At the end of the radio interview I gave with Chris Starr of YarraBug radio, I suggested that developing a good relationship with a bicycle shop was invaluable for starting out on a bicycle. http://www.yarrabug.org/radio/?tag=sarah-imm
“Why?” You might be ask. In my opinion, it will aid you in your “journey of the bicycle.” As I have found, the more that I bicycle, the more I have learned and enjoyed.
I have a few suggestions as to how to find a good bicycle shop.
1. What kind of bicycling do you want to do? It’s a good idea to consider if you want to go fast or slow. Starting out, it’s often more comfortable to be upright and to also step- through. Step-through does not necessarily mean a bicycle for a woman. If you want to go fast because that’s you’re preference, awesome! The realities of the traffic may hit you before you realise it though, especially if you are in Sydney. Take it easy.
2. Talk to people about where they bought their bicycle. Social media is good for this. So is talking with friends or acquaintances who bicycle. Another way is to ask people on their bicycles at an opportune moment. i.e. Not when the lights are turning green.
3. Keep in mind that building a relationship with a bicycle shop is like building any relationship. It can start at “hello” and sometimes it’s best to walk away, especially when no one comes to speak with you even though you’ve been in the shop for fifteen minutes or if someone comes to help you but isn’t listening. But if it’s lunchtime, you might not get the attention you deserve. If that’s the case, try to visit before or after lunch or call to make an appointment for a chat. A good bicycle shop will ask you what you are looking for, will assess your level of experience and as a result will determine what kind of rider you are. They should be able to offer you at least two bicycles to try. See point one above.
4. Go into a bicycle shop and look at their inventory of bicycles. Also, observe the current clientele. Who is in the shop around you? What kinds of bicycling clothing do they have in stock? Do they come in a range of sizes? Can they order in a specific size for you? If the shop is full of men and only carries road bikes and mountain bikes and you are a woman looking for a more upright hybrid or dutch bicycle, it might not be the right one for you. But it’s always good to ask, they might have a few that aren’t readily visible to the untrained eye.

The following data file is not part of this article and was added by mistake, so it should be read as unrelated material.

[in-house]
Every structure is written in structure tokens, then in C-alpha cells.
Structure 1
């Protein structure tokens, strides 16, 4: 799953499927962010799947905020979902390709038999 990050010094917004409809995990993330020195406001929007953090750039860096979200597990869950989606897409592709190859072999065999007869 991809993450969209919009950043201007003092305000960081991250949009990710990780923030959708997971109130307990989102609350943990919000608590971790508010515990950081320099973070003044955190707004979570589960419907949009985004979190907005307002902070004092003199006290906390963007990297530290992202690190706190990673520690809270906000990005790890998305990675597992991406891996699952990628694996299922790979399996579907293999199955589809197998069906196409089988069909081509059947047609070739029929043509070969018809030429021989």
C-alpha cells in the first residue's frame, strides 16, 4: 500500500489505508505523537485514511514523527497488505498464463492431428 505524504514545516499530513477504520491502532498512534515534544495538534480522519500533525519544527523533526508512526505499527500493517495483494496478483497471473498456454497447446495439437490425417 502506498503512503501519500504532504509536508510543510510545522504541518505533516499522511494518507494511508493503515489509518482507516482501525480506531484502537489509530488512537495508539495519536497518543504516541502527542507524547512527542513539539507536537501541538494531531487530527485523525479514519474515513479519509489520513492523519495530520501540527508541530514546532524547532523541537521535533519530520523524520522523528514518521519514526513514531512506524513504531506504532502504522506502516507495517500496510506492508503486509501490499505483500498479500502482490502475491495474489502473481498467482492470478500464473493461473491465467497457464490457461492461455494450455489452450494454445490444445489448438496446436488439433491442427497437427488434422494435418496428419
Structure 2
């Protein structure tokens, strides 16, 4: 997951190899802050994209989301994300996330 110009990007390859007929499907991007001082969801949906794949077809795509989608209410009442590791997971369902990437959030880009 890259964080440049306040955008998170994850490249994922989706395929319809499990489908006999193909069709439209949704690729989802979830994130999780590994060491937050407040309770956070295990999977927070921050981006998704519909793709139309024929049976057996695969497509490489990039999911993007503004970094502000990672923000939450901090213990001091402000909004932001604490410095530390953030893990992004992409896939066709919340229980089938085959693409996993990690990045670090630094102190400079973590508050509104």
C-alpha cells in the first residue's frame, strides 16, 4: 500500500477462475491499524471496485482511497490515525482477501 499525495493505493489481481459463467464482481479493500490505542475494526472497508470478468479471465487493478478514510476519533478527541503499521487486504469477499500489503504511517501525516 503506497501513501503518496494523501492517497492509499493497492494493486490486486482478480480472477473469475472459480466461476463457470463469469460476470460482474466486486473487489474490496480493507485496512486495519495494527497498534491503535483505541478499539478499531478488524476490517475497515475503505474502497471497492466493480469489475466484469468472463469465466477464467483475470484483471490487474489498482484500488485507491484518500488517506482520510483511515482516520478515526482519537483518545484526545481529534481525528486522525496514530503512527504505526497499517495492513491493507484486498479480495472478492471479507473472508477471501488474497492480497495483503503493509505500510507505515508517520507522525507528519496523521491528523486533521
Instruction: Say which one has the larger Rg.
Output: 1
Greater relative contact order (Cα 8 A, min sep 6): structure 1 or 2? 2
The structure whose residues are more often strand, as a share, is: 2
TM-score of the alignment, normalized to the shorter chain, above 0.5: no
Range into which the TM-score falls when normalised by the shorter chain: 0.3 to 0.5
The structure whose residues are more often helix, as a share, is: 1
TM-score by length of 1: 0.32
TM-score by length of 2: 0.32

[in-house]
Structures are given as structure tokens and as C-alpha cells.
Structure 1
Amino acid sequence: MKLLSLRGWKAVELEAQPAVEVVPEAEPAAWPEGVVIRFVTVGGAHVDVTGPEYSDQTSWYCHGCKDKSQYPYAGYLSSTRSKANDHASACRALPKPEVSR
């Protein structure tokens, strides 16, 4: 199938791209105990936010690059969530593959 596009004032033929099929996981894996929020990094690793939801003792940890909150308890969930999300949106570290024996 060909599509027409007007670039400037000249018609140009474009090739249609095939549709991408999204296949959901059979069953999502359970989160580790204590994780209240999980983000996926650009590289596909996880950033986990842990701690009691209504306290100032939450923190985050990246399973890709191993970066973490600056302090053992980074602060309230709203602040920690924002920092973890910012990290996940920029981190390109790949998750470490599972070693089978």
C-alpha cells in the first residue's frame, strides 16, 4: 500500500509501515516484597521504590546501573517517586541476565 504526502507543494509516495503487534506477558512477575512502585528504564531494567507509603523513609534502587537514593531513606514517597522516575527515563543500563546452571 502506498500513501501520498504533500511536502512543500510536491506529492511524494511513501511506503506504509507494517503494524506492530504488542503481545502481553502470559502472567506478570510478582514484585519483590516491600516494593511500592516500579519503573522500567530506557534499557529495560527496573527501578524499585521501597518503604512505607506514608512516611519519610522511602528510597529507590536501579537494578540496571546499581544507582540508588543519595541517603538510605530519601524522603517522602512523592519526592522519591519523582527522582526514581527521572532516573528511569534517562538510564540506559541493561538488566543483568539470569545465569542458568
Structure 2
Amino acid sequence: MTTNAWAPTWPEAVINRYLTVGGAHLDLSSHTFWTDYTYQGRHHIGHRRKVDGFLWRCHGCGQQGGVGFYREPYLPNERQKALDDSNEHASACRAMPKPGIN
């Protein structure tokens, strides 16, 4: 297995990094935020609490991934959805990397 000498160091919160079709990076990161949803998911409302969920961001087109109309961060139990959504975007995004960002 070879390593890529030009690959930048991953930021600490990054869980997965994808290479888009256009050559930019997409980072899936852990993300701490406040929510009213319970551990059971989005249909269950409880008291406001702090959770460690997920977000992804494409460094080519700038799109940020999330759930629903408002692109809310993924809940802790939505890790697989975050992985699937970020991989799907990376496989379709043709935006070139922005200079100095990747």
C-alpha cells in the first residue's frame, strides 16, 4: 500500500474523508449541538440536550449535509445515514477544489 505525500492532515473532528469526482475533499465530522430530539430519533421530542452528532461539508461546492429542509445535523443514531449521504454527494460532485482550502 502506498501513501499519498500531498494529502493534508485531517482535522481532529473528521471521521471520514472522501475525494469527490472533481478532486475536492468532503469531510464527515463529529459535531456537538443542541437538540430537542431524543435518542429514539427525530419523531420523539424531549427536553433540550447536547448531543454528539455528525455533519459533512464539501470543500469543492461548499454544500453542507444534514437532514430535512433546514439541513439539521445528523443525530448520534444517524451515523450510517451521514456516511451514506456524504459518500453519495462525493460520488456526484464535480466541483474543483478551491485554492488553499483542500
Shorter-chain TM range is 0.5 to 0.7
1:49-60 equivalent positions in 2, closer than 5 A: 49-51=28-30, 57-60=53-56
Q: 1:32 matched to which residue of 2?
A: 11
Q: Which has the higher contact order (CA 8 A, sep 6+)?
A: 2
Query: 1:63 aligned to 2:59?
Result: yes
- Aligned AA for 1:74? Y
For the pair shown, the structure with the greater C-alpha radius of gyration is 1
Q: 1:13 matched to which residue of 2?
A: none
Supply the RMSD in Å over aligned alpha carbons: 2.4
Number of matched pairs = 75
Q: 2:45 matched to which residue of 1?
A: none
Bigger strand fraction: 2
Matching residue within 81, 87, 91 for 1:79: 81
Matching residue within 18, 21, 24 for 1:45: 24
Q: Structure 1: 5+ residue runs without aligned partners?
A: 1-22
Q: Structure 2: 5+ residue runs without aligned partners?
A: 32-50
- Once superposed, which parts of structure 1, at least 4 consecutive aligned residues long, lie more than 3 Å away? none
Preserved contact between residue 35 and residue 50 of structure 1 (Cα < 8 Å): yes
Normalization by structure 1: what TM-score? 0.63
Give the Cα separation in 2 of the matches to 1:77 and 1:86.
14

5. Will the bicycle shop let you try a bicycle? It’s hard to make a decision straightaway about such a wonderful purchase. Take the time to try a few and ask to borrow one for the weekend or a few days. Such a request is a great investment of time for everyone. Please be respectful of the shop and bring the bicycle back when you say you will.
6. Don’t be shy to disagree. If the person helping you points you in the direction of the most inexpensive model or assumes you have a limited budget, feel free to correct them. Going into a shop with a price in mind can either help or hinder you. Sometimes when we start something new, we have no idea what we are doing. Like dating after divorce, golf, or even parenting, we learn as we go. Spending a little more on quality components, namely gears and brakes is very worthwhile. It means that the bicycle will work with your level of fitness and you will enjoy it more. Generally speaking the more money you spend, the better components, lower weight of the bicycle and the better the ride. This will compel you to ride more instead of less.
7. An uncomfortable set-up or seat is not something to “get used to.” If you are not comfortable, a good bicycle shop will work to make it better for you. I had an uncomfortable seat on my road bike that killed me after an hour and a half in the saddle. I tried to find one of my favourite shops. I sat in agony in a chair feeling defeated after trying half a dozen saddles without success. Meanwhile, the owner called around looking for a special saddle to suit. He pointed me in the direction of another shop which had his suggested saddle in stock.
8. Like all relationships, there is a certain amount of work that you need to put in to make it work for you. If you feel uncomfortable at any point, cut and run. Try another. Ask around.
I can hear your question, Dear Reader. “Which bicycle shops does Vélo-à-Porter recommend?”
This should come as no surprise to you but I cherish Omafiets in Redfern and Glowworm in Marrickville. And as a result of my recent trip to Melbourne, Spokes in Abbotsford. I also highly recommended City Bike Depot, Kent Street which sadly, closed last November. All offer a very human approach to bicycling which makes me feel all warm and fuzzy inside when I step inside their doors. And in Brisbane, New Farm Bicycles.
Today’s ensemble: Leona Edmiston dress, BBB Gloves, Cartier Santos, Yakkay helmet, J.Crew infinity scarf and earrings, Witchery sunglasses, Aerosoles boots, Zara coat, Gazelle CityZen S9.